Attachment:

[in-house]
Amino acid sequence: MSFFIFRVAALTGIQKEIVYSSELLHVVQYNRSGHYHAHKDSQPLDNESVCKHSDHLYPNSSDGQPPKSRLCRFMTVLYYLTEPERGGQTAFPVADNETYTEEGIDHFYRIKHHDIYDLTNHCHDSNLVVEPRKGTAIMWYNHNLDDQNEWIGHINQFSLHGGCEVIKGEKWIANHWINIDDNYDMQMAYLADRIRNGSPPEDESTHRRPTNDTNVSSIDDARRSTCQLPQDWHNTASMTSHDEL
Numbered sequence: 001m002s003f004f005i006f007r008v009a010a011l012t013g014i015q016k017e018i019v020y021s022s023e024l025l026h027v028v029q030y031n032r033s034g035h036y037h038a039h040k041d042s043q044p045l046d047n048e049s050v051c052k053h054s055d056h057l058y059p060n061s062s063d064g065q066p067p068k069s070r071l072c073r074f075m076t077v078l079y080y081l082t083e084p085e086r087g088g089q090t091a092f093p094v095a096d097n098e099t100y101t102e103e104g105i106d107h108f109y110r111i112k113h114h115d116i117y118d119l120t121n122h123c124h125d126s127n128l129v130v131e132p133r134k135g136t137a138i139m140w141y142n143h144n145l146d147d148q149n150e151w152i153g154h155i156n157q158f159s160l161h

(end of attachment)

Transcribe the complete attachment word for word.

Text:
[in-house]
Amino acid sequence: MSFFIFRVAALTGIQKEIVYSSELLHVVQYNRSGHYHAHKDSQPLDNESVCKHSDHLYPNSSDGQPPKSRLCRFMTVLYYLTEPERGGQTAFPVADNETYTEEGIDHFYRIKHHDIYDLTNHCHDSNLVVEPRKGTAIMWYNHNLDDQNEWIGHINQFSLHGGCEVIKGEKWIANHWINIDDNYDMQMAYLADRIRNGSPPEDESTHRRPTNDTNVSSIDDARRSTCQLPQDWHNTASMTSHDEL
Numbered sequence: 001m002s003f004f005i006f007r008v009a010a011l012t013g014i015q016k017e018i019v020y021s022s023e024l025l026h027v028v029q030y031n032r033s034g035h036y037h038a039h040k041d042s043q044p045l046d047n048e049s050v051c052k053h054s055d056h057l058y059p060n061s062s063d064g065q066p067p068k069s070r071l072c073r074f075m076t077v078l079y080y081l082t083e084p085e086r087g088g089q090t091a092f093p094v095a096d097n098e099t100y101t102e103e104g105i106d107h108f109y110r111i112k113h114h115d116i117y118d119l120t121n122h123c124h125d126s127n128l129v130v131e132p133r134k135g136t137a138i139m140w141y142n143h144n145l146d147d148q149n150e151w152i153g154h155i156n157q158f159s160l161h